I agree that it’s too early. I’d call it a harbinger of the end of the age, much as Morrison’s JLA in 1997 was an early look at the kind of book that would become the norm around 2000. This started the ball rolling, but I don’t think the true end of the Silver Age came until the Death of Gwen Stacy.

I know the classic Doom Patrol run ended with the team dying. Was Metal Men 37 before or after?

This is very interesting! I loved watching the evolution of the first “Silver Age” book being argued and defined by comic historians.
The problem I have with these micro-history eras is two fold. First, they seem primarily concentrated on superhero comics as the defining points of comic book history. Then the historical discussion seems tainted by the collectible aspect., as investors in old comics throw around weight in order to recognize a book to increase it’s value. (Anyone recall the days when people used to claim Fantastic Four #1 started the Silver Age?)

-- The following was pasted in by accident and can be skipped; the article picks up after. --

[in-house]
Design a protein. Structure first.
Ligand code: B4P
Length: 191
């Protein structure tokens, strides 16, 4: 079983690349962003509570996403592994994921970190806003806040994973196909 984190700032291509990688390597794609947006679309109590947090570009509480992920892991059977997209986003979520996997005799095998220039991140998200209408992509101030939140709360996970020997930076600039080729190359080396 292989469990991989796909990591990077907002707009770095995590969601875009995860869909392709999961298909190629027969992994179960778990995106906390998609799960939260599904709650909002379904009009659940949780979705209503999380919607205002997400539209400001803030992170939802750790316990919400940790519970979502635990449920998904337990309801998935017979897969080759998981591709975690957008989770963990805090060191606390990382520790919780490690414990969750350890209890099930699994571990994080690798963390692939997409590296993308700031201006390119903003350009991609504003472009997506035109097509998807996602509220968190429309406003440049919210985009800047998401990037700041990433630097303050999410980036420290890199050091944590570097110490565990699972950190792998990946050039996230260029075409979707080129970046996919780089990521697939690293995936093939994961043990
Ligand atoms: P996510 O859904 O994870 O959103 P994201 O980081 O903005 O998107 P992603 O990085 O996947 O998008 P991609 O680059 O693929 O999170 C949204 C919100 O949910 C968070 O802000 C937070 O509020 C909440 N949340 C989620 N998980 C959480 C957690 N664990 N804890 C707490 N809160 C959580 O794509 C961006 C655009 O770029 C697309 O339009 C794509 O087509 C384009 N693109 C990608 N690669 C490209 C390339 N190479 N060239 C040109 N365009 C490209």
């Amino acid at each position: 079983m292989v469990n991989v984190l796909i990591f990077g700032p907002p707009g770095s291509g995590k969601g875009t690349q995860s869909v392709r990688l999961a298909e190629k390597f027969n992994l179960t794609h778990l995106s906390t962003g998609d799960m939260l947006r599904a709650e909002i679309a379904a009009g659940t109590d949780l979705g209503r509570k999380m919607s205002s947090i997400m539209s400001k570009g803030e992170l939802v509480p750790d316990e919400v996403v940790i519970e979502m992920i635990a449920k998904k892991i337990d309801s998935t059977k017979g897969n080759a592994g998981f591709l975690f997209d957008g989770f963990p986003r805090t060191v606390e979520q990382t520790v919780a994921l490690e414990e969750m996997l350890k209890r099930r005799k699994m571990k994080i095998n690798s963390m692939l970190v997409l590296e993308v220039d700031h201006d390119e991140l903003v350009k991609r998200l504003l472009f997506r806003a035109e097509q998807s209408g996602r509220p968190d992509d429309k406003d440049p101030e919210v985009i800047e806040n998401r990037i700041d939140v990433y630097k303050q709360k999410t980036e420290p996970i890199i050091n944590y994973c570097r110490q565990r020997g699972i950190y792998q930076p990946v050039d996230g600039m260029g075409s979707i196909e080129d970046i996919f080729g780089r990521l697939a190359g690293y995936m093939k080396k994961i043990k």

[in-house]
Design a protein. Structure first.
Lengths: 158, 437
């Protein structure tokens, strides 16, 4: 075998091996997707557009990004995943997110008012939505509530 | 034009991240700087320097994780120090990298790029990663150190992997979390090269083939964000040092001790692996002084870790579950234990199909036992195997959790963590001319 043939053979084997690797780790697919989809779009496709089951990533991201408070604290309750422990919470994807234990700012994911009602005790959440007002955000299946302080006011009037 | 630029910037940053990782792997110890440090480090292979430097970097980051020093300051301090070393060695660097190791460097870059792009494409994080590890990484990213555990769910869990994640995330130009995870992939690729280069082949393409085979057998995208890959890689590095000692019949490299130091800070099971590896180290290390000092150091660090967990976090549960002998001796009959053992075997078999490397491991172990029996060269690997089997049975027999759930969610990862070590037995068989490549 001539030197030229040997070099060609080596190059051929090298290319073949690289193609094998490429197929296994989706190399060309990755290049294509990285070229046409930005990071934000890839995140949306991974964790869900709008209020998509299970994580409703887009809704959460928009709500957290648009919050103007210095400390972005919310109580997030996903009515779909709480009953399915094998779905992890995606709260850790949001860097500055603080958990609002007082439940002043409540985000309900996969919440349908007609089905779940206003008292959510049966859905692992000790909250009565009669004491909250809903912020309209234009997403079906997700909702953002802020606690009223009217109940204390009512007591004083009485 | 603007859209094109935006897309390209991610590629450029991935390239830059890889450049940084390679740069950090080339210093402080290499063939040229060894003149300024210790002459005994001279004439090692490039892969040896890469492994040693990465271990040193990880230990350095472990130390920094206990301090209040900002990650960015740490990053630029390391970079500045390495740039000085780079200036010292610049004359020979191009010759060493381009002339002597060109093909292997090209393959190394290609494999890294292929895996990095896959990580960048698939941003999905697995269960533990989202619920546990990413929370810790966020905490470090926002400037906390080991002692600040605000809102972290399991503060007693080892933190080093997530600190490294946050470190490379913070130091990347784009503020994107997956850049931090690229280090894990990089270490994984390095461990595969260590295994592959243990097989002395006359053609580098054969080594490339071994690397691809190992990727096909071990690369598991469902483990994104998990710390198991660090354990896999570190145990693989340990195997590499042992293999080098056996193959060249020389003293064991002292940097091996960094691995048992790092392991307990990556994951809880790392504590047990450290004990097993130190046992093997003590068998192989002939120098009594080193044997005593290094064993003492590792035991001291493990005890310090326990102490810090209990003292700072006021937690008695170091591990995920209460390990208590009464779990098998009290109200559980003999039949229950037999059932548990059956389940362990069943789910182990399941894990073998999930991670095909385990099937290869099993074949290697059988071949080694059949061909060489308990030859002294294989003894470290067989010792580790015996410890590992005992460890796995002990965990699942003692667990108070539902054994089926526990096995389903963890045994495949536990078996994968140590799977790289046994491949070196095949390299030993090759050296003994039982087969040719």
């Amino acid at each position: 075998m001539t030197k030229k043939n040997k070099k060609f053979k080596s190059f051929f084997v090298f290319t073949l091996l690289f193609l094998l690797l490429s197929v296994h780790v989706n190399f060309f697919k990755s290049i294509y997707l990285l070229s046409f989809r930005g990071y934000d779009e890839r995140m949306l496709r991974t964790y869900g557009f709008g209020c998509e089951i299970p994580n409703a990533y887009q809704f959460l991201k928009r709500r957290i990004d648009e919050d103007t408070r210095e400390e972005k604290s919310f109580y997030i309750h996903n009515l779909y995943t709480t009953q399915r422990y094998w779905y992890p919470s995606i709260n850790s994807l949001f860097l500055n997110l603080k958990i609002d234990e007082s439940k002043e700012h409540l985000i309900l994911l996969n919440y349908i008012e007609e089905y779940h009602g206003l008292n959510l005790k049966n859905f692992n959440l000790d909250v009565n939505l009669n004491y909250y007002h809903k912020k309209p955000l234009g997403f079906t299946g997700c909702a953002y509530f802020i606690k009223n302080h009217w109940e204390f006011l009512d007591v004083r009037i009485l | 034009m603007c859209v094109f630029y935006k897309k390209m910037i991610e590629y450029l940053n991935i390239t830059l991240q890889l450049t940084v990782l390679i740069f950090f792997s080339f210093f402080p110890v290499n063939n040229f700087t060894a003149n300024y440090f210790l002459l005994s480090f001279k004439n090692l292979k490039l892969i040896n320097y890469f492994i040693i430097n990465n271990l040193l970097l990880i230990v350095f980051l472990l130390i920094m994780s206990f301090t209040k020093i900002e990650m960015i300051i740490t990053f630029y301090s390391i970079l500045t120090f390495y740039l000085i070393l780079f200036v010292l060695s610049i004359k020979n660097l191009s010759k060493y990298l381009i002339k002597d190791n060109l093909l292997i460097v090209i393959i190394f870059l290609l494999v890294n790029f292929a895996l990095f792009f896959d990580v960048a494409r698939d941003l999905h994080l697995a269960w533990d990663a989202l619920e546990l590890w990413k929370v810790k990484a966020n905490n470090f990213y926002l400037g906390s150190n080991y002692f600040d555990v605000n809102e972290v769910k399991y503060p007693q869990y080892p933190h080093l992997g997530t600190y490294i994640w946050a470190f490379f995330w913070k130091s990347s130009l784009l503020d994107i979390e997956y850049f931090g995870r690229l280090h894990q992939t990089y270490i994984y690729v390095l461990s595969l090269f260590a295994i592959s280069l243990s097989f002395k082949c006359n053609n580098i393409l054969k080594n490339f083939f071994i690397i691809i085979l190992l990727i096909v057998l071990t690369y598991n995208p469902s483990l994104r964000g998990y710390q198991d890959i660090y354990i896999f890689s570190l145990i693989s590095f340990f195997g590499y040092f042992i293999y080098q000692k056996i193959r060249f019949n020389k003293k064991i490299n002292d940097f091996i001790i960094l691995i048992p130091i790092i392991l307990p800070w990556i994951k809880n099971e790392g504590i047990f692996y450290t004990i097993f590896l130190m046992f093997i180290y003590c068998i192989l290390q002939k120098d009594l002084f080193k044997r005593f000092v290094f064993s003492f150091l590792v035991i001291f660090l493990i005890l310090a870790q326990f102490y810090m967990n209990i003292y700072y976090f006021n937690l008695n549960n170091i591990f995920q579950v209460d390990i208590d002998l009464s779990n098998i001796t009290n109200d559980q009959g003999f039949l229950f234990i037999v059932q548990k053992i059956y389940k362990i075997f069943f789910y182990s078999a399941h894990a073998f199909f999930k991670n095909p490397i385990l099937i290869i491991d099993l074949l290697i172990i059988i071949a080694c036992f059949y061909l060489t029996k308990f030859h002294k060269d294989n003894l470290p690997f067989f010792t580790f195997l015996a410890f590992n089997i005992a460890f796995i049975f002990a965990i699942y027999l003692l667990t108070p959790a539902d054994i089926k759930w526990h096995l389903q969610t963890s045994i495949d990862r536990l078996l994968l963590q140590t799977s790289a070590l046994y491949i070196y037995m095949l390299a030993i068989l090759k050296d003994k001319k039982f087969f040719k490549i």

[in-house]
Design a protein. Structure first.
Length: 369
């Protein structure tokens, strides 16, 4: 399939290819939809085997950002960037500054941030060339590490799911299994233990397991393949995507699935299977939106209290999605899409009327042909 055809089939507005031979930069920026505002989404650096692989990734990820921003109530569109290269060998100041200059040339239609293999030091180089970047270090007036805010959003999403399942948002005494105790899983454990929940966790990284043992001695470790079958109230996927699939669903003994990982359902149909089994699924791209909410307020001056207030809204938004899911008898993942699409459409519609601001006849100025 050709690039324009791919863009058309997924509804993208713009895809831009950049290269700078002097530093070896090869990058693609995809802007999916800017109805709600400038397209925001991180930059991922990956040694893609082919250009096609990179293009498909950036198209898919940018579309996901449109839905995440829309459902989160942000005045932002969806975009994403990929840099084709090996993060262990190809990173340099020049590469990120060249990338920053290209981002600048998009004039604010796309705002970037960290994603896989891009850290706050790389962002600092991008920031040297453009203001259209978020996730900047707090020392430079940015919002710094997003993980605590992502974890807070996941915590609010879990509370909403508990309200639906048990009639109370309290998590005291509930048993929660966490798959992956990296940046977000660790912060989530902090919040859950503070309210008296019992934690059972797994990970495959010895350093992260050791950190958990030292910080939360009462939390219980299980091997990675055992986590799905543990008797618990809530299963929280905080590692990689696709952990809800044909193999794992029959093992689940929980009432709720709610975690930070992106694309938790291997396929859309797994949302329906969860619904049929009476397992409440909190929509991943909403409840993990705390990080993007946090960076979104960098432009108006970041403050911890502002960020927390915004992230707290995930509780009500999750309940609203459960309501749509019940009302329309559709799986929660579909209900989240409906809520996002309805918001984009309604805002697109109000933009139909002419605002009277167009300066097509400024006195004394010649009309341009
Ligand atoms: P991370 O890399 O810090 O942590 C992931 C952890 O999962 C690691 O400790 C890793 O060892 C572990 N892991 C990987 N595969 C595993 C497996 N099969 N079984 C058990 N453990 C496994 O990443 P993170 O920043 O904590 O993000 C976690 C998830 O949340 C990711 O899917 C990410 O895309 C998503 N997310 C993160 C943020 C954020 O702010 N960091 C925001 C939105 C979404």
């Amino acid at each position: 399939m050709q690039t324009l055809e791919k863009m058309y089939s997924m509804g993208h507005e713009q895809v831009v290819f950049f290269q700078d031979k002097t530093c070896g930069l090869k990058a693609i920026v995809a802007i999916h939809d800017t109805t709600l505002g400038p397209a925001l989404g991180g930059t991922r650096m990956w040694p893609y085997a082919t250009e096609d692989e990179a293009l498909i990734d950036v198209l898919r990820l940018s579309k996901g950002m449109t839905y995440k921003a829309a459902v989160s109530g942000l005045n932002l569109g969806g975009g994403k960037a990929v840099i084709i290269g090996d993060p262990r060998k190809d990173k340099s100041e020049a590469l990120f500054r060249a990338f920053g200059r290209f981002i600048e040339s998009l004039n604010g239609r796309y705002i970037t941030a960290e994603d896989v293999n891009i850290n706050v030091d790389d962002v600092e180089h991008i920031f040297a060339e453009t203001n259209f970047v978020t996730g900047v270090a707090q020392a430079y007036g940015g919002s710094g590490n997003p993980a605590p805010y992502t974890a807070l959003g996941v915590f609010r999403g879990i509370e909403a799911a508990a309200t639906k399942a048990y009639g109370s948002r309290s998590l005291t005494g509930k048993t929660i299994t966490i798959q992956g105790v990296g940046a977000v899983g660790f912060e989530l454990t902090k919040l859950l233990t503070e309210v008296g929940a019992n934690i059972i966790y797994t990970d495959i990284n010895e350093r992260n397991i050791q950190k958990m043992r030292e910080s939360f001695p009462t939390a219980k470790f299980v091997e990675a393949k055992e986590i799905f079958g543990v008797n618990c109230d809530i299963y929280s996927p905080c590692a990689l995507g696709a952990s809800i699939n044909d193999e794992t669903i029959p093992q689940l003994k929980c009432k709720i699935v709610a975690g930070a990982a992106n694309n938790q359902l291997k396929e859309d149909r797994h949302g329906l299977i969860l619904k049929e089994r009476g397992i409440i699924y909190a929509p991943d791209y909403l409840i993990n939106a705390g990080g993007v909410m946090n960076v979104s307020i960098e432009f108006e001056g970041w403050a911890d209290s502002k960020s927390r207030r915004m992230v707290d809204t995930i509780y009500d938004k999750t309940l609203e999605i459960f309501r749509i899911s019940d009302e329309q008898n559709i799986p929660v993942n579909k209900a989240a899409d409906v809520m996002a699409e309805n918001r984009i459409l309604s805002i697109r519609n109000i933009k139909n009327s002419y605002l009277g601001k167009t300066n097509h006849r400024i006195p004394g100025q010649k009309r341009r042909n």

I hope this spread around some and gets a few people talking about the beginnings of the Bronze Age.

Keep in mind folks, that this is only one of a handful of nominees I’ll present this week!

If you didn’t find this one 100% convincing, maybe the next one will change your mind!

As for the Doom Patrol, they died about a year ealier, but I see that as more of a standalone hissy fit thrown by Arnold Drake after his baby was cancelled. He got the bad news and decided that if he couldn’t play with his toys – no one else could. Love that guy!

Scott, will you be considering British, European (or even Canadian?) comics?

I hope to see an article about Swamp Thing. I have been convinced it’s the first Bronze Age book for years.

1. It’s the first new horror comic of note since the code.
2. Like the later New X-Men, it was written by Len Wein.
3. He was an antagonist, but not a super hero. No costume, no secret identity.